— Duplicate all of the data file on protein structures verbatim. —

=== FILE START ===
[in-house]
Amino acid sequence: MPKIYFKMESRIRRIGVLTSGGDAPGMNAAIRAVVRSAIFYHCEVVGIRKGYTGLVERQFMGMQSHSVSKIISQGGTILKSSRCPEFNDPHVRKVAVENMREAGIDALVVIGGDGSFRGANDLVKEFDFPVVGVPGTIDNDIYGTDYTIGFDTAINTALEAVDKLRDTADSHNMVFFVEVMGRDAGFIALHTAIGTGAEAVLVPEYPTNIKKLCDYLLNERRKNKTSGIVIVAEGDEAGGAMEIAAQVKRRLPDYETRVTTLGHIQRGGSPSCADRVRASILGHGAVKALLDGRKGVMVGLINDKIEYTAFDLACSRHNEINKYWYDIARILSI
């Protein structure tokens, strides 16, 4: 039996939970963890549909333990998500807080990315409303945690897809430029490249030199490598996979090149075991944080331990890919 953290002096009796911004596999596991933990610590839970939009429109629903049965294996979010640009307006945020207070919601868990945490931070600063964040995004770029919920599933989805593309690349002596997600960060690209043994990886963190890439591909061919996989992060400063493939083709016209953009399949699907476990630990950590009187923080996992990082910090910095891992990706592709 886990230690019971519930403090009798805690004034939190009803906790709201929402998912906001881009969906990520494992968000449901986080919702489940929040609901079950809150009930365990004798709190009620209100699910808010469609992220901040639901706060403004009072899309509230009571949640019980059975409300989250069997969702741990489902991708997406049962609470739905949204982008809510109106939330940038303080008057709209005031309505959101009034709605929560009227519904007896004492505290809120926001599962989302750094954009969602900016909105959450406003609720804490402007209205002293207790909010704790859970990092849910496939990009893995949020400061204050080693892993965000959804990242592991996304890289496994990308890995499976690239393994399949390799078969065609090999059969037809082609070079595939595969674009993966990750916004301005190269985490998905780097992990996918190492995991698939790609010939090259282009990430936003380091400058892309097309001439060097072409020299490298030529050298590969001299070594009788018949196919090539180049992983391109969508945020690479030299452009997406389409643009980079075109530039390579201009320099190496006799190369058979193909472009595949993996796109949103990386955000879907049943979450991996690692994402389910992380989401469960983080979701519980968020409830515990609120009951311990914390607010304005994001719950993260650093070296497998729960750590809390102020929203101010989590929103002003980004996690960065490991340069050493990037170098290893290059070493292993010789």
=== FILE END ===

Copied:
[in-house]
Amino acid sequence: MPKIYFKMESRIRRIGVLTSGGDAPGMNAAIRAVVRSAIFYHCEVVGIRKGYTGLVERQFMGMQSHSVSKIISQGGTILKSSRCPEFNDPHVRKVAVENMREAGIDALVVIGGDGSFRGANDLVKEFDFPVVGVPGTIDNDIYGTDYTIGFDTAINTALEAVDKLRDTADSHNMVFFVEVMGRDAGFIALHTAIGTGAEAVLVPEYPTNIKKLCDYLLNERRKNKTSGIVIVAEGDEAGGAMEIAAQVKRRLPDYETRVTTLGHIQRGGSPSCADRVRASILGHGAVKALLDGRKGVMVGLINDKIEYTAFDLACSRHNEINKYWYDIARILSI
């Protein structure tokens, strides 16, 4: 039996939970963890549909333990998500807080990315409303945690897809430029490249030199490598996979090149075991944080331990890919 953290002096009796911004596999596991933990610590839970939009429109629903049965294996979010640009307006945020207070919601868990945490931070600063964040995004770029919920599933989805593309690349002596997600960060690209043994990886963190890439591909061919996989992060400063493939083709016209953009399949699907476990630990950590009187923080996992990082910090910095891992990706592709 886990230690019971519930403090009798805690004034939190009803906790709201929402998912906001881009969906990520494992968000449901986080919702489940929040609901079950809150009930365990004798709190009620209100699910808010469609992220901040639901706060403004009072899309509230009571949640019980059975409300989250069997969702741990489902991708997406049962609470739905949204982008809510109106939330940038303080008057709209005031309505959101009034709605929560009227519904007896004492505290809120926001599962989302750094954009969602900016909105959450406003609720804490402007209205002293207790909010704790859970990092849910496939990009893995949020400061204050080693892993965000959804990242592991996304890289496994990308890995499976690239393994399949390799078969065609090999059969037809082609070079595939595969674009993966990750916004301005190269985490998905780097992990996918190492995991698939790609010939090259282009990430936003380091400058892309097309001439060097072409020299490298030529050298590969001299070594009788018949196919090539180049992983391109969508945020690479030299452009997406389409643009980079075109530039390579201009320099190496006799190369058979193909472009595949993996796109949103990386955000879907049943979450991996690692994402389910992380989401469960983080979701519980968020409830515990609120009951311990914390607010304005994001719950993260650093070296497998729960750590809390102020929203101010989590929103002003980004996690960065490991340069050493990037170098290893290059070493292993010789």